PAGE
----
Thursday Three For All: The Cost of Ministry, Cheap Shower Curtains, and Calvin and Hobbes
It’s Thursday, kiddies: the day when I roll out a few things I’ve been reading over the past week. Three of ‘em, to be exact. Enjoy. (Remember: click on the big bold print to read the entire article.)
(via @_michaelkelley) Ministry always costs us something. Michael gives a great reminder that our temporary inconveniences are worth the eternal gains.
The scene is a familiar one during the days of Jesus’ ministry in Palestine. Having developed the reputation as a teacher with authority, a friend to those on the outskirts of society, and a worker of signs and wonders, the crowds were thick around the Son of God. People pressing in from every side. Everyone clamoring for their own place in the crowd – a place to listen. A place to see. A place to experience.
And for more than one, a place where they might experience the miraculous. Surely, because of the crowds, more than one person with an ailment didn’t find such a place. Instead, they found themselves on the outskirts again, barely within earshot of the rabbi and yet not close enough to experience His healing touch. But Mark 2 gives us a different account.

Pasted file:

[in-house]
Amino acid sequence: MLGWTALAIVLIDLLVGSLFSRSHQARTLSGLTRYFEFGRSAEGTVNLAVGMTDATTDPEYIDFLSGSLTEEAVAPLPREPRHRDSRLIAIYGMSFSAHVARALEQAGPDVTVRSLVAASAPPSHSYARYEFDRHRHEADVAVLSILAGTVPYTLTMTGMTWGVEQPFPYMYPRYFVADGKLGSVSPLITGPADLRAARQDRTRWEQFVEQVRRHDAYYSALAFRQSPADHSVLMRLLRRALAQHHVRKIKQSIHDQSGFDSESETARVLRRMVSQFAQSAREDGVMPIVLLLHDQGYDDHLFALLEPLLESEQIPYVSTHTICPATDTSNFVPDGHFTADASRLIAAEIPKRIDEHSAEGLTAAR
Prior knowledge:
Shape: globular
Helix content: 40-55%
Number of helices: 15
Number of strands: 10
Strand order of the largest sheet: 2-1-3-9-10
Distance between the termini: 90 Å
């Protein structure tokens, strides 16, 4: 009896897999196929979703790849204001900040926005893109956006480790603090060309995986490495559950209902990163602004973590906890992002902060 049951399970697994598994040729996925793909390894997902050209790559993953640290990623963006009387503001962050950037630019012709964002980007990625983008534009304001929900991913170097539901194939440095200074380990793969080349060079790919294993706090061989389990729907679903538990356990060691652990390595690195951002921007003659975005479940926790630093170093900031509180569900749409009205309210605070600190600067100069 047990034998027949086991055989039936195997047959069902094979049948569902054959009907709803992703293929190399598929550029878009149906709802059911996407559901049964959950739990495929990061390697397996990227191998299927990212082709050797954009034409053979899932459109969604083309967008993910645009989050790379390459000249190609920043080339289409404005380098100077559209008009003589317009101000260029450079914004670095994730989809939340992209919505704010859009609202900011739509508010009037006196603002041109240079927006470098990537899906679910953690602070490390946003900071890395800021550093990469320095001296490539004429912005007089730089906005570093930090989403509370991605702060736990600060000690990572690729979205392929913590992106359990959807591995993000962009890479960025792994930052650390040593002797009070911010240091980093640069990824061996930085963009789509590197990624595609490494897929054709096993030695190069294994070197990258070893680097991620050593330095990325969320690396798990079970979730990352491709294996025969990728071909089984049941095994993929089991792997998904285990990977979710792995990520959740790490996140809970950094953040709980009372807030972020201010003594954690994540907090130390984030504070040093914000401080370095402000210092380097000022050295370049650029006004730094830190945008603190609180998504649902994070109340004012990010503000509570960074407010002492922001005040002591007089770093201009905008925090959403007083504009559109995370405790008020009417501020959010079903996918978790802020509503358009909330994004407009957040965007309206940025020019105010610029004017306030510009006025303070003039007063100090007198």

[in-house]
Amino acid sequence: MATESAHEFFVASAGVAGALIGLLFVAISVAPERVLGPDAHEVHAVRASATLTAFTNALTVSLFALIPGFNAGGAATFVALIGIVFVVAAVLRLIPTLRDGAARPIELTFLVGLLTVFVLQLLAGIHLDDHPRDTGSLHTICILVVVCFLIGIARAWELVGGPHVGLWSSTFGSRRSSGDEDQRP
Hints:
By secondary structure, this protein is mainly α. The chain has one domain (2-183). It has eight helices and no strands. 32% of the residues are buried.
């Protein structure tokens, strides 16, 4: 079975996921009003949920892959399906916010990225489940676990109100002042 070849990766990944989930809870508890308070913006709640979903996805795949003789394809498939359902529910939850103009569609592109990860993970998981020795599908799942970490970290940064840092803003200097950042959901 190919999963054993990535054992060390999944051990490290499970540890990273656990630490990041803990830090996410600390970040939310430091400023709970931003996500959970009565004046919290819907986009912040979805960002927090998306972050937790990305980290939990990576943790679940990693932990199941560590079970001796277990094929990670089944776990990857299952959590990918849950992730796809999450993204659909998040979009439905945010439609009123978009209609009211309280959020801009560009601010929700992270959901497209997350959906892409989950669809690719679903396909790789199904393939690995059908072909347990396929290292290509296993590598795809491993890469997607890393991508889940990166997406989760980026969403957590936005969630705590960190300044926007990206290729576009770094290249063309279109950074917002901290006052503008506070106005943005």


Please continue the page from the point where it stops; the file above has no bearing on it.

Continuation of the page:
(via @thisissethsblog) And staying in the vein of things that cost us, here’s what happens when we cheap out:
The unskilled cost accountant might suggest you outfit your new hotel with cheap shower curtains. After all, if you save $50 a room and have 200 rooms, pretty soon, we’re talking real money.
On the other hand, experience will demonstrate that cheap shower curtains let the water out, causing a minor flood, every day, room after room. And they wear out faster. Cheap shower curtains aren’t actually cheap.
Productivity pays for itself.
Once you start looking for metaphorical cheap shower curtains, they’re everywhere.
(via @TodayIFoundOut1) C&H was one of the all-time great strips. If you’ve ever wondered what became of Bill Watterson, skip to the 6:43 mark and find out. (The rest of the video is pretty good, though.)
photo credit: Jason Mathis